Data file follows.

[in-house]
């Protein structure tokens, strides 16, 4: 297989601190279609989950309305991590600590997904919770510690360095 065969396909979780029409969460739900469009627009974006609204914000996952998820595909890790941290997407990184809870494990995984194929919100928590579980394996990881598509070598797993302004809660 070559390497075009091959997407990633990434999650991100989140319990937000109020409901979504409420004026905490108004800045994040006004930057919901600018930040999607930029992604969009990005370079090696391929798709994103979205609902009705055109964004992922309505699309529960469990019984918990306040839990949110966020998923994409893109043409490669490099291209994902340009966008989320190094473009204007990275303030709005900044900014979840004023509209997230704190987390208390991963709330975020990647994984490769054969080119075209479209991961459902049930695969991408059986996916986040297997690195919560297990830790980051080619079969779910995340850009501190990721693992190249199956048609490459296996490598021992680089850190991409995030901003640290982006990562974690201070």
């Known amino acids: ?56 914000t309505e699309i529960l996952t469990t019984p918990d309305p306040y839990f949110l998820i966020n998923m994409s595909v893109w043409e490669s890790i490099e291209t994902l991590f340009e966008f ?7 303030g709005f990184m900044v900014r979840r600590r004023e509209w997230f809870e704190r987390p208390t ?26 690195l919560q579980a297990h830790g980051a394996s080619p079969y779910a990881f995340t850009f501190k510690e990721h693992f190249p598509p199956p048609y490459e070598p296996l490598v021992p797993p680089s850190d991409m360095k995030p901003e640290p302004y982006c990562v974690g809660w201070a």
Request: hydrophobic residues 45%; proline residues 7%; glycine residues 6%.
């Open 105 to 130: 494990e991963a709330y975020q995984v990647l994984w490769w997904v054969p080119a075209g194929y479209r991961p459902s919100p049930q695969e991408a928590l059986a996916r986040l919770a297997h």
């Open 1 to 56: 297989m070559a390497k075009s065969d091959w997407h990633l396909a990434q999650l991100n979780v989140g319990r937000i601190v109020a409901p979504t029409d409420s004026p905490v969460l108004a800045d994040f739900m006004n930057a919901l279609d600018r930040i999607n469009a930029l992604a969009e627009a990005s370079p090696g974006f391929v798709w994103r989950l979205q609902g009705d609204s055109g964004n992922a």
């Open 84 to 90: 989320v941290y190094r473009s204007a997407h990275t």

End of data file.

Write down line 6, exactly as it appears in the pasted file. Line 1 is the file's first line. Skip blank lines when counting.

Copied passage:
């Open 1 to 56: 297989m070559a390497k075009s065969d091959w997407h990633l396909a990434q999650l991100n979780v989140g319990r937000i601190v109020a409901p979504t029409d409420s004026p905490v969460l108004a800045d994040f739900m006004n930057a919901l279609d600018r930040i999607n469009a930029l992604a969009e627009a990005s370079p090696g974006f391929v798709w994103r989950l979205q609902g009705d609204s055109g964004n992922a």